Even simple praise can backfire. About two-thirds of people say they have experienced a time when praise from their boss actually felt like an insult. Many felt that their boss “didn’t really mean it” or “was just trying to get me to do something.” People see right through superficial attempts to motivate them because they recognize that in those cases “motivate” really means “manipulate.”

[ Get exercises and approaches that make disparate teams stronger. Read the digital transformation ebook: Transformation Takes Practice. ]

Relationships matter most

So, is it hopeless? Of course not. The truth is we do things for people we care about and who care about us because it feels good to do so. We enjoy providing relief, pleasure, and joy to those we value because it adds value to the shared relationship overall. It strengthens the bond we feel with others, which is much more powerful than any simple transactional exchange between individuals. We are naturally motivated to do things that add to the relationships we value.

We do things for people we care about and who care about us because it feels good to do so.

How do you create such a bond? Honesty, respect, and transparency are important, but they aren’t the whole story. True connection requires a fundamental acknowledgment of each person’s equal humanity and value. It requires vulnerability and recognition that each side values and cares about the other.

Organizational hierarchies are in reality fictitious. They exist to support effective functioning within the context of workplace roles and responsibilities, but they do not address the relative value or merit of the human beings involved.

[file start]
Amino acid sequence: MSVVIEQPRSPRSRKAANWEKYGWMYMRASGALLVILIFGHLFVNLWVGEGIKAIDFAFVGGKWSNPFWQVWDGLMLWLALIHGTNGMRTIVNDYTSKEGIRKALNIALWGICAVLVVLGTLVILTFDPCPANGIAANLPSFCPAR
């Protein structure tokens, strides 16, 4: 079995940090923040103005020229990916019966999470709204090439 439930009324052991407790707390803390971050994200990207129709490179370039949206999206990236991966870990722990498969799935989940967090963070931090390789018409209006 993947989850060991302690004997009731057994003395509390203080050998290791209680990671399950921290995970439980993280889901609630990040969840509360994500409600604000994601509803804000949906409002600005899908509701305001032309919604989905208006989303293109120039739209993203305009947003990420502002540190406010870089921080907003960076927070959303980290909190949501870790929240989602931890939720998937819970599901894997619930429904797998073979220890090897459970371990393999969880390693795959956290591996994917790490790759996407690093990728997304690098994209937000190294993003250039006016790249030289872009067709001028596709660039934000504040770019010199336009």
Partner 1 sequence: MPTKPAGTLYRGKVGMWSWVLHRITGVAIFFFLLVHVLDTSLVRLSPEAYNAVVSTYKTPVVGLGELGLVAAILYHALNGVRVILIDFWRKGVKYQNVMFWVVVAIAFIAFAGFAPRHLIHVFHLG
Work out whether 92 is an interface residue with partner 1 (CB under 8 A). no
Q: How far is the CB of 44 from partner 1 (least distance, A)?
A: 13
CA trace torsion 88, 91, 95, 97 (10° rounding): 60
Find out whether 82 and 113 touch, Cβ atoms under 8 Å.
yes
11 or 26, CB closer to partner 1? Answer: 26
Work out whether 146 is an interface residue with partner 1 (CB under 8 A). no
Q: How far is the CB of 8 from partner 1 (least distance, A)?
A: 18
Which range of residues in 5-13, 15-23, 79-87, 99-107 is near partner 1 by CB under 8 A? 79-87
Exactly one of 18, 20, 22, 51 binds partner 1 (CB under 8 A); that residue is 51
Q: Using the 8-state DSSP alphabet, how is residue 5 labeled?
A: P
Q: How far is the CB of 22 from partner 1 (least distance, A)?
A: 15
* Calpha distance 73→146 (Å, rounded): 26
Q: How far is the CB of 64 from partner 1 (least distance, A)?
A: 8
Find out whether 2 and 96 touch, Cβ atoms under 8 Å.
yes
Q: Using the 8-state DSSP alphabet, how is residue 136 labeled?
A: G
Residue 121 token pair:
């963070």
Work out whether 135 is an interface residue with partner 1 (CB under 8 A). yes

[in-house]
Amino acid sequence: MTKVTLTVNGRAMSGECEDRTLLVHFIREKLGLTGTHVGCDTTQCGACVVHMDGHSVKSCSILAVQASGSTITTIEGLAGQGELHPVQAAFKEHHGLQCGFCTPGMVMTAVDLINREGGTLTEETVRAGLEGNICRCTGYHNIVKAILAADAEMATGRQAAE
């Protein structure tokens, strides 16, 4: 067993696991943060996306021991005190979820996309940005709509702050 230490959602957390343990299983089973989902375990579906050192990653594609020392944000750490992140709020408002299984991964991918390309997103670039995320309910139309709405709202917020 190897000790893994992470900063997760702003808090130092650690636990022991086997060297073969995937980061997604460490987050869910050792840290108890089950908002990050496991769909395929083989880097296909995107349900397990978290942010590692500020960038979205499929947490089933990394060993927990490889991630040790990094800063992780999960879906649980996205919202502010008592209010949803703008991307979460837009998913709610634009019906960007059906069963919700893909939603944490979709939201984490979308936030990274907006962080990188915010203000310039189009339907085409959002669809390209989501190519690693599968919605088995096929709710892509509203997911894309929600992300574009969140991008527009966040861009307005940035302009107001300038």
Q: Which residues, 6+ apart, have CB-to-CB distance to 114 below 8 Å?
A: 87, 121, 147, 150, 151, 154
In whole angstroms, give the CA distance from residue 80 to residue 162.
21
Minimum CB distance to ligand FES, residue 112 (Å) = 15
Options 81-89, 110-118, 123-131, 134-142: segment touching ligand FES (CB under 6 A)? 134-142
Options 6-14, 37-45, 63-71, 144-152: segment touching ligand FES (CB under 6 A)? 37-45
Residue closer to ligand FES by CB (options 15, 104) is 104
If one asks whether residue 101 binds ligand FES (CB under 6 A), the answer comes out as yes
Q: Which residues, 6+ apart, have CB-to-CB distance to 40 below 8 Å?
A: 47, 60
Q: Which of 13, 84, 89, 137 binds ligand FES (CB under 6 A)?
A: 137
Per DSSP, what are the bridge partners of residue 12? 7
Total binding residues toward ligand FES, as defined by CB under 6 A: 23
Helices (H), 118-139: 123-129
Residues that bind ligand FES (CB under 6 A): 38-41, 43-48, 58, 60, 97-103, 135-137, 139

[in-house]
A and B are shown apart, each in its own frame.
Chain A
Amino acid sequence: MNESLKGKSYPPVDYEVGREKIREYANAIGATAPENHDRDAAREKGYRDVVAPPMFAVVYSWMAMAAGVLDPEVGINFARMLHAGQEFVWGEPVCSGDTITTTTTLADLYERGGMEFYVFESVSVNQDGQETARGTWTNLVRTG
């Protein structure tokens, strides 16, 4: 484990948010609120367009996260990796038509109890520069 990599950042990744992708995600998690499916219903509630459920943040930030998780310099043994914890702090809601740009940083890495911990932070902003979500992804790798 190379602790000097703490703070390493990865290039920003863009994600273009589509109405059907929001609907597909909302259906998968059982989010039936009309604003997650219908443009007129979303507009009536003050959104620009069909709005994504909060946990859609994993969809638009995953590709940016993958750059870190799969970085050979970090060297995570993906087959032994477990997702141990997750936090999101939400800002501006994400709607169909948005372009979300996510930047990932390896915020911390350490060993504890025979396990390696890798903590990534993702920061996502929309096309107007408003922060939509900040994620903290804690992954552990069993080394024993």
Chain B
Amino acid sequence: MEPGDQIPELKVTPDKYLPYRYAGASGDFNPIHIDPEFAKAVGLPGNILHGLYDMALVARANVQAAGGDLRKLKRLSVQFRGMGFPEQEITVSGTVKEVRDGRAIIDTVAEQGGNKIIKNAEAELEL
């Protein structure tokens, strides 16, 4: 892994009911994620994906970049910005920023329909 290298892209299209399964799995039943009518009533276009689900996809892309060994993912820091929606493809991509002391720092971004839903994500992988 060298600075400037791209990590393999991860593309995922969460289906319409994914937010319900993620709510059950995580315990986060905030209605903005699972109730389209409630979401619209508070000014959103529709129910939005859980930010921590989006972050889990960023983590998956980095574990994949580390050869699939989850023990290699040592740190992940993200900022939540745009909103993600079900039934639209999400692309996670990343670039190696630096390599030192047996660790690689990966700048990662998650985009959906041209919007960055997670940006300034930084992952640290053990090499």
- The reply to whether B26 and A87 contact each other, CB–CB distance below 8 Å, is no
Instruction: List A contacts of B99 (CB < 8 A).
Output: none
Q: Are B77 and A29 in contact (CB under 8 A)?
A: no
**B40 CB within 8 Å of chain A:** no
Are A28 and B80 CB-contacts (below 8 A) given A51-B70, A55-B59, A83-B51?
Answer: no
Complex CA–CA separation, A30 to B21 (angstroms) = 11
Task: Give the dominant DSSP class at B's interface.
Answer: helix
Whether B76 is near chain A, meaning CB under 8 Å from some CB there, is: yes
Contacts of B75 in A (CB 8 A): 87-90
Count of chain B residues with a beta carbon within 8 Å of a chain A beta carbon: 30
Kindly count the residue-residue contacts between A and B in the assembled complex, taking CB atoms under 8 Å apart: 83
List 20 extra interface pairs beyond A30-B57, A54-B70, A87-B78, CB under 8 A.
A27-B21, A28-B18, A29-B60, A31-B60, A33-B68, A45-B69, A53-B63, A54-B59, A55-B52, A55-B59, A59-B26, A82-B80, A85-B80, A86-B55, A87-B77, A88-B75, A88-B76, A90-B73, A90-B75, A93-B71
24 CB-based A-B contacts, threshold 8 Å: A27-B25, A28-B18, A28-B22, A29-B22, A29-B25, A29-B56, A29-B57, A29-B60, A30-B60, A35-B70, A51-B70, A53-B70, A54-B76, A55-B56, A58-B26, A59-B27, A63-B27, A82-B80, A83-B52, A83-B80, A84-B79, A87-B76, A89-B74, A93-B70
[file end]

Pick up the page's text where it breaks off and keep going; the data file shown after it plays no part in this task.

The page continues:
That may be the clearest reason that so many motivational techniques don’t work: They emphasize a power differential that denies basic human relationships, which turns value creation into value exchange – the definition of a transactional relationship. To form a true human connection, both parties must actively seek to discard this notion.

Ultimately, the best advice for leading a motivated team is simply this: Know your team members as people and let them know you. That doesn’t mean you need to be everyone’s best friend, but mutually valued human connections are satisfying for many reasons, and we want to do things that keep them in place and make them stronger.

No formulas, no tricks, no sure-fire secrets – just human relationships that are based on mutual respect and accountability rather than transactional or power-driven dynamics.

[ Are you leading culture change? Get the free eBook, Organize for Innovation, by Jim Whitehurst. ]

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For more than 20 years, Jaeson has been working with in-house and agency teams to conceive, lead and deliver digital experiences that solve real problems. Jaeson helps define digital product and service strategies for clients including Charles Schwab, Delta Community Credit Union, LifeScan, and others. Jaeson holds a BA in Music and English from the University of California at Be